On Thursday, because of demand from the public, the U.S. Department of Agriculture announced that starting this fall, schools will be able to choose whether or not they buy hamburger that contains pink slime.
Seventy percent of the ground beef sold at supermarkets in the U.S. contains the filler, according to estimates from the main supplier, and today Associated Press food editor, J.M. Hirsch, conducted a taste test with ABC News to see if there is difference. And according to Hirsch there is.
"In a side by side, the ground beef without the pink stuff in it is definitely a much better burger," he told ABC News.
Hirsch said while he could not see a difference in the meat prior to cooking, he could feel it as he made the patties.
"I did find that the one without the pink stuff did have a fattier feel in your hand. But otherwise they look pretty much the same and as they're cooking they smell the same," he said.
However, once in the pan, the burger with pink slime did not let out as much fat as the burger without it and the differences became more evident once Hirsch tasted the beef.
"The texture is off and it's chewy and not in a good way. The other burger has a kind of meatiness to it, the kind of the burger chew that you want," Hirsch said. "But this burger is more chewy in a sort of gristly sort of way. You feel like you're chewing on something that really shouldn't be there."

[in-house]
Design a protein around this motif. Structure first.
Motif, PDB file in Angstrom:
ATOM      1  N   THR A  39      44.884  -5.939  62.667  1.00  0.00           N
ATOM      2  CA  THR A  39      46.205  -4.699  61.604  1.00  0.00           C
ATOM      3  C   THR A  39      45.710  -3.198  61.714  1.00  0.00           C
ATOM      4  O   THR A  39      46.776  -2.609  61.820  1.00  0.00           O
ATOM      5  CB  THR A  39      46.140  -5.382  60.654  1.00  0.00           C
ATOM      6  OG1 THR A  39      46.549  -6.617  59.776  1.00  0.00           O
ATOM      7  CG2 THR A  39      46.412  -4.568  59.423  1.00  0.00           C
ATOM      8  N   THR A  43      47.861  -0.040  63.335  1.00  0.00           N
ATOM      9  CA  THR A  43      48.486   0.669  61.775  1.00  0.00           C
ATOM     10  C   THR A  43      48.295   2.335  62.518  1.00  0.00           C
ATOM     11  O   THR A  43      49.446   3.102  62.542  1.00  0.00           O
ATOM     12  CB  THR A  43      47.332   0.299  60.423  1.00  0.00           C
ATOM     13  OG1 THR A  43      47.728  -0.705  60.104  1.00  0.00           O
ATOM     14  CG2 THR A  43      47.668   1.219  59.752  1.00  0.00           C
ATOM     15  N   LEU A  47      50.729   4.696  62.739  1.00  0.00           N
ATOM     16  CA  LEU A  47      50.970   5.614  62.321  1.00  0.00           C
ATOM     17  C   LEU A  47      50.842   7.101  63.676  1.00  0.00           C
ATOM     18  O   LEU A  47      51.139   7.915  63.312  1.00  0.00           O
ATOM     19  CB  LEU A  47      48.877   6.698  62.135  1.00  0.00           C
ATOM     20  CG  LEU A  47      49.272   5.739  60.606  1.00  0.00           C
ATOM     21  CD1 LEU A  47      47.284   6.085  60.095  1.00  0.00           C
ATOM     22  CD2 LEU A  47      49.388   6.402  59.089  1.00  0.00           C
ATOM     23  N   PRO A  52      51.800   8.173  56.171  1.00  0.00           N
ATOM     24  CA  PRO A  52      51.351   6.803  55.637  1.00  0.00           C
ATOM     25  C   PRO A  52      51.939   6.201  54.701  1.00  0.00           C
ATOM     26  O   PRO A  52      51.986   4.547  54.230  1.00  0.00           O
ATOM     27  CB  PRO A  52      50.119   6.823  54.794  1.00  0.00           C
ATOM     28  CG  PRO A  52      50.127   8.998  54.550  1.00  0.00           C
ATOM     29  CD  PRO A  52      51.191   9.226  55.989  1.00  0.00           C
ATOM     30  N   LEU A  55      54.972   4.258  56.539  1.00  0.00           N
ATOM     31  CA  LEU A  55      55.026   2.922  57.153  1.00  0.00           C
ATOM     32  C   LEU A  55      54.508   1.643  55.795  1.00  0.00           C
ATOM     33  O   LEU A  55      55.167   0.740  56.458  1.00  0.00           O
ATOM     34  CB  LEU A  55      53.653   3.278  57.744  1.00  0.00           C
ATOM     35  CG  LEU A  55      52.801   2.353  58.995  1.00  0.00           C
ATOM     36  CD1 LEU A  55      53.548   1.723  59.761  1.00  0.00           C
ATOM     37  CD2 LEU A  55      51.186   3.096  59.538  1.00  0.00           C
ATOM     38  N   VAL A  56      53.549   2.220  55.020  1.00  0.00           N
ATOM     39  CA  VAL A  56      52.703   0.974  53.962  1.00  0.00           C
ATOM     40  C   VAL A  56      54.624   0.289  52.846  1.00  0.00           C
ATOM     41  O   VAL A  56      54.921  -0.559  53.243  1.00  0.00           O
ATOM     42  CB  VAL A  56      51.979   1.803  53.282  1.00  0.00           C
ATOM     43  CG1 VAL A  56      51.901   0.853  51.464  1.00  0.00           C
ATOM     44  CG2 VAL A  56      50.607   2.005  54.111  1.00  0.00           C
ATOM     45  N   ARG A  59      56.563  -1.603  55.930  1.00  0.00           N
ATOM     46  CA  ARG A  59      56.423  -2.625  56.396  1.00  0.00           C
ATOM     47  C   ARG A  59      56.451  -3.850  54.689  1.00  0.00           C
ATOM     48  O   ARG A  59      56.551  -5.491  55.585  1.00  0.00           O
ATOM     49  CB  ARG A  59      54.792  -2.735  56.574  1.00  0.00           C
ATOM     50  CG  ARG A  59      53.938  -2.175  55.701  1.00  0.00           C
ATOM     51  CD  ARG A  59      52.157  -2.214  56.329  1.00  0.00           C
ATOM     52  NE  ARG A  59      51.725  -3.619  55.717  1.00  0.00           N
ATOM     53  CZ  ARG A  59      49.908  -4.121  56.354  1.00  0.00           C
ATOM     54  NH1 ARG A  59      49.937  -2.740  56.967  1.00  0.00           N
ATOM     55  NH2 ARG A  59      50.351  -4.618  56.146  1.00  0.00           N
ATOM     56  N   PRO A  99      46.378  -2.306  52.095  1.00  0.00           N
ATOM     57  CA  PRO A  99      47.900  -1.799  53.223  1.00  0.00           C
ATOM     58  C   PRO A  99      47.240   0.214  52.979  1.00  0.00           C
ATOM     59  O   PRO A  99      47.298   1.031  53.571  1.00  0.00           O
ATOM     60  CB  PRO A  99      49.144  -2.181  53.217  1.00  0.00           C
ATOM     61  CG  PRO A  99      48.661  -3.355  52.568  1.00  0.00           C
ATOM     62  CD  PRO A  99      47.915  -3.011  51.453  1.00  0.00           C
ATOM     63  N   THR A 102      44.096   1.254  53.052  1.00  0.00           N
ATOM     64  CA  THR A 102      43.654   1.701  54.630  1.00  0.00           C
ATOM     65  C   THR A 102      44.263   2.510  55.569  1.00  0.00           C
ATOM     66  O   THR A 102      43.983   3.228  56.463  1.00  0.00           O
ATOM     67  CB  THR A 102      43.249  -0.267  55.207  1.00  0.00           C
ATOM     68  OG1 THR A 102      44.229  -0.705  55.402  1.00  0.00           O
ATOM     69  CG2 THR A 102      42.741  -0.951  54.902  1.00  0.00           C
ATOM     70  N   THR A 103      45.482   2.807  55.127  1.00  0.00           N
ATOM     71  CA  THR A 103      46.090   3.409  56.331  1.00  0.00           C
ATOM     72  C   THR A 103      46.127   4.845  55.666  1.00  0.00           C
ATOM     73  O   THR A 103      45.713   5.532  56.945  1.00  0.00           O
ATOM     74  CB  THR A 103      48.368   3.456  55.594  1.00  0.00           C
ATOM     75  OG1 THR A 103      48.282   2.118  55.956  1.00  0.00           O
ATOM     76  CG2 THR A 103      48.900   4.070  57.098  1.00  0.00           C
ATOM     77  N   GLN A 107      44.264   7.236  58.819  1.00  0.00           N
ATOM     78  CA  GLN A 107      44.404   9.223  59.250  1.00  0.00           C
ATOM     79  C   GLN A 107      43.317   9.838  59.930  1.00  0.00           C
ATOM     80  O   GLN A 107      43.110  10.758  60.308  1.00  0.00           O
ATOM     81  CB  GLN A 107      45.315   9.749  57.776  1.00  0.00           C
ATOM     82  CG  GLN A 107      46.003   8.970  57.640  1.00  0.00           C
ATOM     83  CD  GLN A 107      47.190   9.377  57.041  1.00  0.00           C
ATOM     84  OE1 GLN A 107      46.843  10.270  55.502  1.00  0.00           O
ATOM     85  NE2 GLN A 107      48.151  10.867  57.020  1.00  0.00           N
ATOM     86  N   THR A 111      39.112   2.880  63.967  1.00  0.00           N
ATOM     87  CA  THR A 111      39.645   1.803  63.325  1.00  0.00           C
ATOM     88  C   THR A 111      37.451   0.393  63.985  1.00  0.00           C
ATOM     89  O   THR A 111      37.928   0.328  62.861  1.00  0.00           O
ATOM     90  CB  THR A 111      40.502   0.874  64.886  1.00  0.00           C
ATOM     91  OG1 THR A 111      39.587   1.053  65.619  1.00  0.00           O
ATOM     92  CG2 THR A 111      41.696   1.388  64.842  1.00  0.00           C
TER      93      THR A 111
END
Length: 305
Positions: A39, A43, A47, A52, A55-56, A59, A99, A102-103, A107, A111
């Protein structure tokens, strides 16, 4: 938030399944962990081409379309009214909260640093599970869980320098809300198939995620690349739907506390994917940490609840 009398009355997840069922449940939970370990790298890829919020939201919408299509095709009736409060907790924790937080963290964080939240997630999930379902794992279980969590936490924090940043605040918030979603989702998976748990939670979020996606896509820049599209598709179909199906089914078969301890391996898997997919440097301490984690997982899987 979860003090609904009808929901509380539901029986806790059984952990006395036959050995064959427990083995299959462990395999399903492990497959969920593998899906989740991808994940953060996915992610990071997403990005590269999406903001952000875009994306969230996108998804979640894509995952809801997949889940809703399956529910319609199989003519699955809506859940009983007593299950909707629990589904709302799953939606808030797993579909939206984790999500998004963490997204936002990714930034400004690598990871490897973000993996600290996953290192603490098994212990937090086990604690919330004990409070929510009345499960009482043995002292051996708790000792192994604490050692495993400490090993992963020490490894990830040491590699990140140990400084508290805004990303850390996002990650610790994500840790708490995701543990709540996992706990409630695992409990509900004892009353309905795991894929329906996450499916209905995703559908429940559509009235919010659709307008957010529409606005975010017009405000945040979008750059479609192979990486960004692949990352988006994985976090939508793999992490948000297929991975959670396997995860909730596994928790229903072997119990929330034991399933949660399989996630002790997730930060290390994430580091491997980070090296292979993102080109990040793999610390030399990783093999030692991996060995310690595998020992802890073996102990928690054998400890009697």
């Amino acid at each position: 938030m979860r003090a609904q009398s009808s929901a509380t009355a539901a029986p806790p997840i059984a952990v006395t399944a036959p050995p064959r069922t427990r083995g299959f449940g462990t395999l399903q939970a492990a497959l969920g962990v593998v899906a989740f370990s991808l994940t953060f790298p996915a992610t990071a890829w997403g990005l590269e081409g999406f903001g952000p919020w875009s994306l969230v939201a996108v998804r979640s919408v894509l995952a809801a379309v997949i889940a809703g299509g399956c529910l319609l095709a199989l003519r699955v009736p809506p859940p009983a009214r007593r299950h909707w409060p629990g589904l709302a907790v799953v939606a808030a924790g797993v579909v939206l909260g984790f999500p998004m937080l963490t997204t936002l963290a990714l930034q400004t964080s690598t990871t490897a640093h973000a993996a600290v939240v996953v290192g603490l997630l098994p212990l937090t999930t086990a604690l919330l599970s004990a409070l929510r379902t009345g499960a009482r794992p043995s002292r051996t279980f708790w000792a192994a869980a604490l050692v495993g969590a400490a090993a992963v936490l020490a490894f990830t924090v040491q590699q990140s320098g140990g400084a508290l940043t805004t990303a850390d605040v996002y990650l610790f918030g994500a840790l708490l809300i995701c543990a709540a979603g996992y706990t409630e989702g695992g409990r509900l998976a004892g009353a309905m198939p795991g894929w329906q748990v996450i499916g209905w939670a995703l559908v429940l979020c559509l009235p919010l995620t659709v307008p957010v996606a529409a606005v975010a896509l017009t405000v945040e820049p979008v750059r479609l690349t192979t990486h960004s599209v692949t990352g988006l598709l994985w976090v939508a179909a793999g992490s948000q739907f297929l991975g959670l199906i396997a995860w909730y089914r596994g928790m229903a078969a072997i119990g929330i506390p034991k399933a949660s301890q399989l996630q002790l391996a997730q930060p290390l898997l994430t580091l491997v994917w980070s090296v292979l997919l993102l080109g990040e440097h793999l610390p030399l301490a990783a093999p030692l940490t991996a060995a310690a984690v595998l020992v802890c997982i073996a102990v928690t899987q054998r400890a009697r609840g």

Hirsch also found a difference in taste.
"The flavor is also a lot more muted than the all-natural burger and I can only assume that that's related to the pink slime," he told ABC News. "The flavor just isn't as robust in the meat that's been cut with this meat filler."
Even with that said, Hirsch does not discount the pink slime burger entirely.
"The reality is that this is not a bad burger and if you gave it to me on it's own I wouldn't reject it outright," he said.